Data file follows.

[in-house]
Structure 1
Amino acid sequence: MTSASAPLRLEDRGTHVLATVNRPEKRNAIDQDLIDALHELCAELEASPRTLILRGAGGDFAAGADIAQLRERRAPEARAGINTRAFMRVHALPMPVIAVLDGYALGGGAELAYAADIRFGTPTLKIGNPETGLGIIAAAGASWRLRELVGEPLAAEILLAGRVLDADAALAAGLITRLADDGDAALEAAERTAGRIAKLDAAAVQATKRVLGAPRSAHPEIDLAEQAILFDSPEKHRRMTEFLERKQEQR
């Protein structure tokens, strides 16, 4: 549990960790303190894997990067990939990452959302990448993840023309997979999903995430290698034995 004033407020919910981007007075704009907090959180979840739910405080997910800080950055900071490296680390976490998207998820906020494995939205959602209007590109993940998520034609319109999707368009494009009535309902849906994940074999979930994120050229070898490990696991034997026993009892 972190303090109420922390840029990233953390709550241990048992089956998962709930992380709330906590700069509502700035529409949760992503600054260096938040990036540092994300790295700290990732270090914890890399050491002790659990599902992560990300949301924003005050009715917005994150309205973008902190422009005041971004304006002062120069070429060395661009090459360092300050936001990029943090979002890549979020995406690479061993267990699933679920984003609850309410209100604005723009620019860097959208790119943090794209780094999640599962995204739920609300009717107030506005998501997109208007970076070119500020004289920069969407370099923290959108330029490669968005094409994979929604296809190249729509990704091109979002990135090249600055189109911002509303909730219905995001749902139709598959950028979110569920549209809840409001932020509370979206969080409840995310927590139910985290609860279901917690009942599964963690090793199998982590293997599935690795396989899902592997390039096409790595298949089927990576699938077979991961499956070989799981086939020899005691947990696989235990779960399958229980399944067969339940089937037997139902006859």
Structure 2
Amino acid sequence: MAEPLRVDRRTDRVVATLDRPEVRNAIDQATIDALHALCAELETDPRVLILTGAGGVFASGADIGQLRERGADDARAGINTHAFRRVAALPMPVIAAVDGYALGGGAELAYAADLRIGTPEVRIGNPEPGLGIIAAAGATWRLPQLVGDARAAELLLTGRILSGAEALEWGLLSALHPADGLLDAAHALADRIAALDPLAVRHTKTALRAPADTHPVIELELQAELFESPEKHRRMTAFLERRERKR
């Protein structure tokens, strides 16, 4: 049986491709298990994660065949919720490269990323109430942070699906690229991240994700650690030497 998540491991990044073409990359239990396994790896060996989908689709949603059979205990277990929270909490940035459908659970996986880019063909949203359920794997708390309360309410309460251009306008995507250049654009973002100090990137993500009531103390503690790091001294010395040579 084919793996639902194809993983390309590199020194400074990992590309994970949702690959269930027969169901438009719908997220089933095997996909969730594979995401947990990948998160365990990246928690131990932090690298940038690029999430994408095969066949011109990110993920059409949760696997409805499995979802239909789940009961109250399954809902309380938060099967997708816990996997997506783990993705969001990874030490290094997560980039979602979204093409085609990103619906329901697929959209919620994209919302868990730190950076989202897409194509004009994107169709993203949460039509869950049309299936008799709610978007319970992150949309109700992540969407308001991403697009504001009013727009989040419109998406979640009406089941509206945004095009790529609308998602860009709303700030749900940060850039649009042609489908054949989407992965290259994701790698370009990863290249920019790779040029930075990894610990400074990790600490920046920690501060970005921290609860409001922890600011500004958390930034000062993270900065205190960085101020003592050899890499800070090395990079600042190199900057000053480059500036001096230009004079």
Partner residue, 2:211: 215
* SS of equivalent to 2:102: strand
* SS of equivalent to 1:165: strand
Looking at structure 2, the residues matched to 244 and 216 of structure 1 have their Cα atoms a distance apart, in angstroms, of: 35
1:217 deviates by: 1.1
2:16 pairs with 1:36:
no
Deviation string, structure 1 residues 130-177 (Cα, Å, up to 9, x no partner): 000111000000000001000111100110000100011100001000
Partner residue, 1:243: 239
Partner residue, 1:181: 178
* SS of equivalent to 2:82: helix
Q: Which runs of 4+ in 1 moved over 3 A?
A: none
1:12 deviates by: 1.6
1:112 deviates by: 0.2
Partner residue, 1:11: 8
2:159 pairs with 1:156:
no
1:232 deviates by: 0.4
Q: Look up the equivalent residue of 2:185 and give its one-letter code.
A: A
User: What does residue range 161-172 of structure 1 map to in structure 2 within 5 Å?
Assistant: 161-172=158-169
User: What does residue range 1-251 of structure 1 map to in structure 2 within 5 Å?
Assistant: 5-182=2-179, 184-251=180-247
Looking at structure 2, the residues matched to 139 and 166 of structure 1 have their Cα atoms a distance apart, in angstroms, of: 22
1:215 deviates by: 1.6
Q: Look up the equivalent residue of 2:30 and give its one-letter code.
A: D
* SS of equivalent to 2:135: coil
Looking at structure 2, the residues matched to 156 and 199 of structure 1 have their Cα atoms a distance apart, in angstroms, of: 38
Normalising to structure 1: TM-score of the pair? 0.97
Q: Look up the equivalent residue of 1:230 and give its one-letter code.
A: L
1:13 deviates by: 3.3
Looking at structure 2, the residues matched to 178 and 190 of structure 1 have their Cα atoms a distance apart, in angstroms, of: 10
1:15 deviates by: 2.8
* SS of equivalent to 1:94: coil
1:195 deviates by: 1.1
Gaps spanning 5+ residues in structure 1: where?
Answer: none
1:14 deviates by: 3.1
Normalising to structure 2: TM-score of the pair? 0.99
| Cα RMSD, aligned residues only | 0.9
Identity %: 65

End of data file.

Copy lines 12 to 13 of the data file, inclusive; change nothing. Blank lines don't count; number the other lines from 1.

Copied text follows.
1:217 deviates by: 1.1
2:16 pairs with 1:36: